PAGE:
Prospector Buns – Basic Dough Recipe July 29, 2012
During my summer trip, we made a stop off at my Grandma’s house. I love visiting her place. She’s lived there for over 40 years and except for some carpet changes and a few small renovations, it’s still the same as I remember while growing up. She has a nice big back yard with a large garden and raspberry bushes. Her basement is filled with old board games from the 70’s that used to belong to my Mom and my Uncle. Up until a couple years ago, there used to be boxes and boxes of old comic books (from Marvel and DC superheros, to Archies and Richie Rich), until my Uncle reclaimed them. She doesn’t have internet, but her TV is right next to the dining room table and we usually spend the evenings socializing, watching sports and doing jigsaw puzzles.
Another thing I love about her place in the summer is that she has air conditioning and her kitchen is always stocked and ready for baking. On this particular visit, we found ourselves making savoury cinnamon buns at midnight. For over 20 years she worked in a restaurant in her small town, so this wasn’t just any handed-down recipe. This was a bread recipe that she perfected in their kitchen and its definitely a recipe I’ve been meaning to get my hands on for a while.
The recipe is called Prospector Buns and this is the easiest basic bread recipe I’ve ever made. Kneading is required and you do have to let the dough rise, but the ingredients list is so short that this makes up for it. Once the dough has risen, you can make anything from bread and dinner rolls to cinnamon buns and donuts. Another great thing is that this recipe is milk-free, so I plan on making a batch for Trevor sometime in the near future.
Baking at night is a lot of fun, but since we were planning on leaving early in the morning, I had to opt for night-time photos. Thank goodness for Lightroom, but I apologize in advance if the photos don’t all match in terms of exposure and white balance. I’m still learning the in-and-outs of my camera and my editing software. If anyone has links to some great tips, I’ll appreciate it as I love reading up on camera and editing techniques.
While I was busy taking photos of the set-up, my Grandma already had her KitchenAid mixer going with the dough. Even though she has the dough hook, she said that for this recipe, she likes the mixing results of the standard mixer attachment better. This is good for those who don’t have a fancy mixer with different attachments.
This flour container was given to my Grandmas as a wedding present over 50 years ago. Isn’t it cute? I fell in love with it the moment I saw it and had to get a photo.
I love this action shot of my Grandma kneading the dough. I did get to knead it for a bit, but I’m not as quick as her and had to be nudged aside to speed the baking process along.
Also, where can I get a cutting board like this? I think I need to re-think my kitchen as I’m seriously lacking a large, flat surface for kneading and rolling dough.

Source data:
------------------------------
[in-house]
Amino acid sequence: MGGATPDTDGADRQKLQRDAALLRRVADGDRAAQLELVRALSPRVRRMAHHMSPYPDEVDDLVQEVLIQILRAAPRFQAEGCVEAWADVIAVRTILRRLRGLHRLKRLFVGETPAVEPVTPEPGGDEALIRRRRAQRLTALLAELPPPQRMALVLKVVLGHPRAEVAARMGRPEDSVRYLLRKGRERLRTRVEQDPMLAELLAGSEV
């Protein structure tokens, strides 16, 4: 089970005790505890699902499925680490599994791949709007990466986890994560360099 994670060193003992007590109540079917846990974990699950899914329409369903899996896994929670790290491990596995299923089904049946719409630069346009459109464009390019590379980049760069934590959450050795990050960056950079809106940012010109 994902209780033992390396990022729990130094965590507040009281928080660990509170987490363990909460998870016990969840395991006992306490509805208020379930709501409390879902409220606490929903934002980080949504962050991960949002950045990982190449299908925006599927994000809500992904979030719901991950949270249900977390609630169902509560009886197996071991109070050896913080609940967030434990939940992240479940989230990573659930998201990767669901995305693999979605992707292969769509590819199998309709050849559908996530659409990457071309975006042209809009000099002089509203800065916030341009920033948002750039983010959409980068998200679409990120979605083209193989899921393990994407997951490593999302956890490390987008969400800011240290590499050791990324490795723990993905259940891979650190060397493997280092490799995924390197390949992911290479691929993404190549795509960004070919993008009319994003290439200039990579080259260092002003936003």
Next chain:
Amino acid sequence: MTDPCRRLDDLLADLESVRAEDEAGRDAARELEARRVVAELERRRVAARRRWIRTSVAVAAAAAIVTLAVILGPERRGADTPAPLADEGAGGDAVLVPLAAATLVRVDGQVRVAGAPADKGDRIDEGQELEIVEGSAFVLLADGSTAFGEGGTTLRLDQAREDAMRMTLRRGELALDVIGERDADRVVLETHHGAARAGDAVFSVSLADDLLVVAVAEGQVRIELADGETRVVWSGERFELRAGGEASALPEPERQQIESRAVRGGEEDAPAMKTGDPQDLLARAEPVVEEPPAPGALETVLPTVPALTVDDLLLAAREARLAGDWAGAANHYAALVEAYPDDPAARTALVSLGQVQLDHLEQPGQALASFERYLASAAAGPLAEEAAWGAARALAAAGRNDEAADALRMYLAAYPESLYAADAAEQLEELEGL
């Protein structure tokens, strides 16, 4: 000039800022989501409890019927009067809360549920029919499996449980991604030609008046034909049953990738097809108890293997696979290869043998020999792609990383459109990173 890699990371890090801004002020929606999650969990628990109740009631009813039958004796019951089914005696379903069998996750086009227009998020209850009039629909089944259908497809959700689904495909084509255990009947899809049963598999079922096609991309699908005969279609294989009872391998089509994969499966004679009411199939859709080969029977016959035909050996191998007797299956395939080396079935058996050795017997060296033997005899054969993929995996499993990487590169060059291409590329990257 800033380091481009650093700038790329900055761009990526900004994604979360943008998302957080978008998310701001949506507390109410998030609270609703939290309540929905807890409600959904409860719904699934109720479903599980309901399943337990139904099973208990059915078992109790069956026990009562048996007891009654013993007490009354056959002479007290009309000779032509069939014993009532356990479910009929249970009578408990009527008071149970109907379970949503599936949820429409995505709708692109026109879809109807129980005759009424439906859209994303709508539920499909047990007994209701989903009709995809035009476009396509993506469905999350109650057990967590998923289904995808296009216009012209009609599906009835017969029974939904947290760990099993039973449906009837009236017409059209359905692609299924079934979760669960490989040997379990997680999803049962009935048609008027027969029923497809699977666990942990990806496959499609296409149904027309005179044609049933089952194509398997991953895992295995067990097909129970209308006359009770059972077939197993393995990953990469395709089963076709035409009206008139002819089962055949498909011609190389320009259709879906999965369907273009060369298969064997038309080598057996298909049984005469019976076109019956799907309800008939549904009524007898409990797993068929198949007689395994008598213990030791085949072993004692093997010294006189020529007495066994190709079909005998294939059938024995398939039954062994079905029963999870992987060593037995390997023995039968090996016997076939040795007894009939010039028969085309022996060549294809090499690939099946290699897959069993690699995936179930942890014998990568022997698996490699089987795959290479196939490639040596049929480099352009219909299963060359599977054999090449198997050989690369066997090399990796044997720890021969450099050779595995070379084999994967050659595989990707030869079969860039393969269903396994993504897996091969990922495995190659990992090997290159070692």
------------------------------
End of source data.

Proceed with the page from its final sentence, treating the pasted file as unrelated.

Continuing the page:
Since it was my duty to roll out the dough and sprinkle the cinnamon sugar mixture, I had to put the camera down and thus no photos were taken between the kneading and the baking process. Instead, here is the savoury recipe straight out of the oven. Besides, everyone knows how cinnamon buns are made, so I figured you wouldn’t want to be bored with the usual photos.
We ended our baking night by enjoying the warm buns (no icing) with cold chocolate milk and looking through old wedding photos for inspiration. The above album is my parents, who were married almost 28 years ago. I think I’m being reminded that I should look into planning a wedding sometime soon, since it’s been almost a year since our engagement.
Prospector Buns - Basic Dough Recipe
Total Time: 2 hours
- 5 cups of flour
- 1/2 tbsp salt
- 1/3 cup sugar
- 1 egg
- 1/2 cup oil
- 2 cups warm water
- 2 packages of quick rise yeast
- Mix 2 1/2 cups of the flour with salt and sugar in a large bowl and set aside.
- Using your mixer, blend together egg, oil and warm water. Gradually add the above flour mixture until combined. Add the packages of yeast.
- Add the remaining 2 1/2 cups of flour and mix well.
- Knead dough on a well-floured surface until it is smooth. You may need to add a little more flour to keep it from being too sticky.
- Place the dough into a greased bowl, cover and let rise for 1 1/2 hours. One of my Grandma's tricks is to wrap the bowl of dough in a clean garbage bag and keep away cold air drafts.
- Punch down the dough and make into buns, bread, cinnamon buns, donuts, etc.
Notes: This recipe made the pan of cinnamon buns, plus some bean-filled buns that my Mom and Grandma enjoy more than I do. You can see them in the background of the below photo. So yes, this recipe makes a lot more bread than just the pan of buns.
If you notice on the photo of my Grandma’s handwritten recipe, there is no baking time listed. This is because it all depends on what you plan on making with dough . Hopefully I will be able to update this page with the approximate baking times.
The best thing about baking at midnight is having a fresh, ready-for-you breakfast the next morning. We drizzled on some icing sugar and they still tasted just as though we had pulled them from the oven just a few minutes ago.